Today in tax tweets, we are reminded of the stark difference between Democrats and Republicans when it comes to snatching our hard-earned dollars to sustain a yearly federal budget that numbers in the trillions.
Republicans remind us that regular individuals will pay less next year under the new tax breaks recently passed by Congress.
Today is Tax Day and the last time that you will ever have to file your taxes under the old, broken, and complicated system! pic.twitter.com/4vEiqg1WrC
— Rep. Scott Tipton (@RepTipton) April 17, 2018
#2: Nearly Doubled Standard Deduction
The new code will increase the standard deduction to $12,000 for individuals and $24,000 for married couples – nearly double the amounts available under the old tax code. This will protect more income from taxes.
— Rep. Doug Lamborn (@RepDLamborn) April 17, 2018
In addition, Lamborn points out that people too poor to buy health insurance won’t have to pay hefty taxes anymore and the child tax credit has been doubled.
Meanwhile, Democrats are complaining that people who earn a lot of money will see bigger tax cuts than people who don’t have large incomes.
Basic math tells us that people who earn more money, make more money than people who earn less.
Here’s an equation even the most hard-headed of Democrats should understand.
If Johnny makes $15,000 a year, should Johnny get a $20,000 tax cut?
The answer is no.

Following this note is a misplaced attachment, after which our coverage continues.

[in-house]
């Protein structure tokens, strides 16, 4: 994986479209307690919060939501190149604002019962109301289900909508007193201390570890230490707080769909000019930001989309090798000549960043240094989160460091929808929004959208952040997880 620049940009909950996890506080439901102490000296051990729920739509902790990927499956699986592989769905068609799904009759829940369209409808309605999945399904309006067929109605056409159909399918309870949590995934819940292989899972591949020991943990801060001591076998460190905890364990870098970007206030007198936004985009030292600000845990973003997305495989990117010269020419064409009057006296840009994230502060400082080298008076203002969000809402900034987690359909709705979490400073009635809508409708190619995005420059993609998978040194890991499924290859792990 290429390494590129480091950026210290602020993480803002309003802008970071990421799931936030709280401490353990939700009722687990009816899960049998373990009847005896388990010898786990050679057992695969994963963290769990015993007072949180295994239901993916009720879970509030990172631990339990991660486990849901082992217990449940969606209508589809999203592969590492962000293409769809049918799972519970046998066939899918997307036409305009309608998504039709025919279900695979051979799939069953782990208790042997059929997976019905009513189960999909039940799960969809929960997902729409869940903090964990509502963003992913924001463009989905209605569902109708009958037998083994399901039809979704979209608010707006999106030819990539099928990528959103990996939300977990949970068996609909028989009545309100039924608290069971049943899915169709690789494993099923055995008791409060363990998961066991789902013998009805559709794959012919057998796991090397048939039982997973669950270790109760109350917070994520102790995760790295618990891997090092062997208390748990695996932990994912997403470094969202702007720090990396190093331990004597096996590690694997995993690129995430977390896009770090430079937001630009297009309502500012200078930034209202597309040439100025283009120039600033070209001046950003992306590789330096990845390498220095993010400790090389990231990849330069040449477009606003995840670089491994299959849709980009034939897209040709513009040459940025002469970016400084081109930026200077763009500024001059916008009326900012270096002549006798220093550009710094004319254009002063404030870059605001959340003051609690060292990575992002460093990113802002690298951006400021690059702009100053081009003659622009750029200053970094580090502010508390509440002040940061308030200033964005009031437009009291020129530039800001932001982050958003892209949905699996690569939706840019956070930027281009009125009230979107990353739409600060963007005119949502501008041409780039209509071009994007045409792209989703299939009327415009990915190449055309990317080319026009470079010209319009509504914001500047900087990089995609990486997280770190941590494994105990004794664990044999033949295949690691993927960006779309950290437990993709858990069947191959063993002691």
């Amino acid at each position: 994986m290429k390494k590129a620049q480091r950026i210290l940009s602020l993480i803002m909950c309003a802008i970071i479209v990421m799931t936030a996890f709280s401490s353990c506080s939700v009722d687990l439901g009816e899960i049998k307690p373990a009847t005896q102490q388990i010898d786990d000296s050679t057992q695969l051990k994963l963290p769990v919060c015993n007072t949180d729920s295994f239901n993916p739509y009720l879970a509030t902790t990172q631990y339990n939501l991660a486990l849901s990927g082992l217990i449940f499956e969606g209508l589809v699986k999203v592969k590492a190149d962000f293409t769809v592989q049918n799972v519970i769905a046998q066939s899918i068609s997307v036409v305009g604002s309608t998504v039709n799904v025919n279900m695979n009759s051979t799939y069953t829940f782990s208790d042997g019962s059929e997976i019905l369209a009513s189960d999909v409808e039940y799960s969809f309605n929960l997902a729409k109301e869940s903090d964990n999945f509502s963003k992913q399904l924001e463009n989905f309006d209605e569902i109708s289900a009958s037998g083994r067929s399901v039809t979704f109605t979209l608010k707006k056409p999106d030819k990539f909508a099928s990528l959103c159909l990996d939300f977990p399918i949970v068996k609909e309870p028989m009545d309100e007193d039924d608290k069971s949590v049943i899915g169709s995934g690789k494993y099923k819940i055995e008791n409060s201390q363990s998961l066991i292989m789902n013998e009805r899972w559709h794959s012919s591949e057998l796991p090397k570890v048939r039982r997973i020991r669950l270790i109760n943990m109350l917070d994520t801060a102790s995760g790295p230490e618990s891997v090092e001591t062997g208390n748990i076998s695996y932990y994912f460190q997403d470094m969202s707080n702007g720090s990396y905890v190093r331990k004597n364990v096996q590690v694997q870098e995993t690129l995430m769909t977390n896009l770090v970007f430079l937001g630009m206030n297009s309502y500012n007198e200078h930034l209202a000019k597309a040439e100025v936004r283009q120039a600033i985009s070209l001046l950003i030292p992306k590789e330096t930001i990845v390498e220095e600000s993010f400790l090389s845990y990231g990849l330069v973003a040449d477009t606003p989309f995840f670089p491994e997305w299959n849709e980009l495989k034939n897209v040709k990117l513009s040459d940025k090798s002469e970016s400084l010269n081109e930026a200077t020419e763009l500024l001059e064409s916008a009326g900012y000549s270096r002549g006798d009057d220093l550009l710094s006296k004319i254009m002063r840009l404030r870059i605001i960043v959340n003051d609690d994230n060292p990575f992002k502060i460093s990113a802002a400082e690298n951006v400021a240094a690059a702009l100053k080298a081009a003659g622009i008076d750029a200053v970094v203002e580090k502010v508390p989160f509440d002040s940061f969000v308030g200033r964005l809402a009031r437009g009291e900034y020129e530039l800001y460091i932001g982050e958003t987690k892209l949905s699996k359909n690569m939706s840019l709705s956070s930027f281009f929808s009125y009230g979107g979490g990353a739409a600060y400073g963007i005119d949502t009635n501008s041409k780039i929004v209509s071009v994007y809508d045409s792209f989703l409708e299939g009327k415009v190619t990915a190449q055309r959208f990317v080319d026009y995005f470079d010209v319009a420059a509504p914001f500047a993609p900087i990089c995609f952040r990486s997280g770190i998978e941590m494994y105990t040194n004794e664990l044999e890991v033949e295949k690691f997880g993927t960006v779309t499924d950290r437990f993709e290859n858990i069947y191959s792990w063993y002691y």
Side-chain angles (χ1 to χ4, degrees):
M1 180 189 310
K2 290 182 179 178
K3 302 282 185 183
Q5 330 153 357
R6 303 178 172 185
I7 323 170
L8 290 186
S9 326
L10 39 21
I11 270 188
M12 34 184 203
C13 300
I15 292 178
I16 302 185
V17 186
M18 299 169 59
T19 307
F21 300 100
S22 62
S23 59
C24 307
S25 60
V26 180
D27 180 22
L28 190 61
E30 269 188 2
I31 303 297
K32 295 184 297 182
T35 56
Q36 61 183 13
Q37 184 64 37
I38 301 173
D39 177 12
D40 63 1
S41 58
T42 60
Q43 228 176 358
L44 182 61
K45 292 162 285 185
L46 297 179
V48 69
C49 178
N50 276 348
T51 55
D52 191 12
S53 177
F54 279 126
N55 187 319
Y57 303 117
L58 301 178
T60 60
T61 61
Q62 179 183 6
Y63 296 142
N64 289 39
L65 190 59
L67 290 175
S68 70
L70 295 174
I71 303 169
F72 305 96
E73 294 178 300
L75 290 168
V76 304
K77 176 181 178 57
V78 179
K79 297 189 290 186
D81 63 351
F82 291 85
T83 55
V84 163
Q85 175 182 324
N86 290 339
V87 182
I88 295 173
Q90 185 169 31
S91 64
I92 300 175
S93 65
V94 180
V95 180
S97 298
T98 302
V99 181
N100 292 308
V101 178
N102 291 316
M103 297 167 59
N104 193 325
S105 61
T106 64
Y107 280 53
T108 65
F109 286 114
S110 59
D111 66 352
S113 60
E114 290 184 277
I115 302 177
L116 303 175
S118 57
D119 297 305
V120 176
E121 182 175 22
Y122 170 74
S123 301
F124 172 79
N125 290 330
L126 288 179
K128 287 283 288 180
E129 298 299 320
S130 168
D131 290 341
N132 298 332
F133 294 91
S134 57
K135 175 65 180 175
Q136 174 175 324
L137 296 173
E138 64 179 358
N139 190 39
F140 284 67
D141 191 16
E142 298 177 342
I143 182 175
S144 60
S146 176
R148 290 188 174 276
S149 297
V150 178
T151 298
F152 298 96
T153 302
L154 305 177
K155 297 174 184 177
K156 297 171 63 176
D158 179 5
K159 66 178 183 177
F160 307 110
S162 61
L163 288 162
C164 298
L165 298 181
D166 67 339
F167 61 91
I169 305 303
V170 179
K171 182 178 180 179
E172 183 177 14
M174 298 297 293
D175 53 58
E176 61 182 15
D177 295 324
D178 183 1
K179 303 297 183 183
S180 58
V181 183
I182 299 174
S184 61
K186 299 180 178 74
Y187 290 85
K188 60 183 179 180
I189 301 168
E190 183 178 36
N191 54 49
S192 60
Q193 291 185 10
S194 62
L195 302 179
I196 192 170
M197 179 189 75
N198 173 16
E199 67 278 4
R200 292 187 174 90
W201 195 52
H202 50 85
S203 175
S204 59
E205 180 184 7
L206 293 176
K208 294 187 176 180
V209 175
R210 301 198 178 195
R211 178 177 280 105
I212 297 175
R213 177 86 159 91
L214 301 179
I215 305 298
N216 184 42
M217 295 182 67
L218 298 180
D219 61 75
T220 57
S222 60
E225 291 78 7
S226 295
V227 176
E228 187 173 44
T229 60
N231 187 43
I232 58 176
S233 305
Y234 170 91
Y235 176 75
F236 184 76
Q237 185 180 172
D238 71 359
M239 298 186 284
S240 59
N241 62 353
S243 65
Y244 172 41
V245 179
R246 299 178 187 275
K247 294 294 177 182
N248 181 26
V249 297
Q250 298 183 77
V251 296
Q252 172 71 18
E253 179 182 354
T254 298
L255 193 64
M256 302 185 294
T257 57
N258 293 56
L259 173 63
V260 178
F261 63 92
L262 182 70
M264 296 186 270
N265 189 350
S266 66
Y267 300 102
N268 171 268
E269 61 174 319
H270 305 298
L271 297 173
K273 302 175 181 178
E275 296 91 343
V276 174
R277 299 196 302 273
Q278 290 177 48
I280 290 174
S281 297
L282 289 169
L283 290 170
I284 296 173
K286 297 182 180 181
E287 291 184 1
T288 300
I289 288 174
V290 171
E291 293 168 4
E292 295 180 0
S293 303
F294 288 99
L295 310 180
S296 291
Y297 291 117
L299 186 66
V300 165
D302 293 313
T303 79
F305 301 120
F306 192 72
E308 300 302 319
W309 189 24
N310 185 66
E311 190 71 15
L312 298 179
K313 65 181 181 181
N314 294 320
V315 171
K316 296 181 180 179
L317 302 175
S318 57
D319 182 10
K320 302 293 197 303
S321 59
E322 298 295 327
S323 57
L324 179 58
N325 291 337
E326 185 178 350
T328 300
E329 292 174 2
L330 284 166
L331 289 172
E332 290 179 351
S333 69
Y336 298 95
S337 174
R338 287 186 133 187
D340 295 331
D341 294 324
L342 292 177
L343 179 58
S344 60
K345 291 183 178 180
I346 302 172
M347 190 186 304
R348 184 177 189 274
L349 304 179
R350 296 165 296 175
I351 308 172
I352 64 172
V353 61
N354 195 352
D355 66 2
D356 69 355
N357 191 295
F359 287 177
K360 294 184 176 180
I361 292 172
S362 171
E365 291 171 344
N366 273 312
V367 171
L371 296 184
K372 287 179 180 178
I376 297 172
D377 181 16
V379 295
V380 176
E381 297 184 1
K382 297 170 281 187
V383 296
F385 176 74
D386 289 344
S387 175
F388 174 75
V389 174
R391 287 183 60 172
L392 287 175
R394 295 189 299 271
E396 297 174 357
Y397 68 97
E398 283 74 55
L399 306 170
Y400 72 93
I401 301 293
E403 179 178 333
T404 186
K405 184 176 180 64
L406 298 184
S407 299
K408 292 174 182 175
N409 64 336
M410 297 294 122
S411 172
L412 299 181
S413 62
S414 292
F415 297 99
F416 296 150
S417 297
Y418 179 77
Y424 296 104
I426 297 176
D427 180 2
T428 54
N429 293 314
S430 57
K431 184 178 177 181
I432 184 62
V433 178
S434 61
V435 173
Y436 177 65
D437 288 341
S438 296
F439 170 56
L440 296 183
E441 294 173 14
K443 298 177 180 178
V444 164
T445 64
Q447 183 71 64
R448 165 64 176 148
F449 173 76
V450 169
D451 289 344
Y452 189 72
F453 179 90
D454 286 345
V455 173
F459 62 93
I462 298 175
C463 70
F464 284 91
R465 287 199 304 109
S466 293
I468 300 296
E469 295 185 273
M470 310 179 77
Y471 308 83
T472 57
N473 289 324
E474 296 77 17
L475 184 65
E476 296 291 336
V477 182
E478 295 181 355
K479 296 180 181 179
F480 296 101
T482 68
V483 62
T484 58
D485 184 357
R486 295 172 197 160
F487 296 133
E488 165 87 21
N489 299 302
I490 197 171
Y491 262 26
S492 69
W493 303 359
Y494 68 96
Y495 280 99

If Martha makes $500,000 a year, should Martha get a $20,000 tax cut? Yes, Martha probably should.
That’s the basic premise behind our tax code. If you make a lot of money, you pay a lot of taxes, if you don’t make a lot of money, taxpayers will give you their hard-earned money via Uncle Sam.
Meanwhile, Democrats need to get their talking points in order.
The #GOPTaxScam was not written for the middle class. In our state, the top 5% of earners get 62% of tax breaks thanks to the Republican plan. This reckless law stands to harm working families across America, on #TaxDay and every other day of the year. pic.twitter.com/z1pUF6XMIn
— Rep. Diana DeGette (@RepDianaDeGette) April 17, 2018
Tax breaks can go towards more than one income bracket as the above examples illustrate, so if the top earners qualify for 62 percent of the tax breaks, do middle-income earners qualify for 80 or 90 percent? As for low income earners, they already pay the lowest amount of taxes because they don’t make much money (See Johnny for an explanation).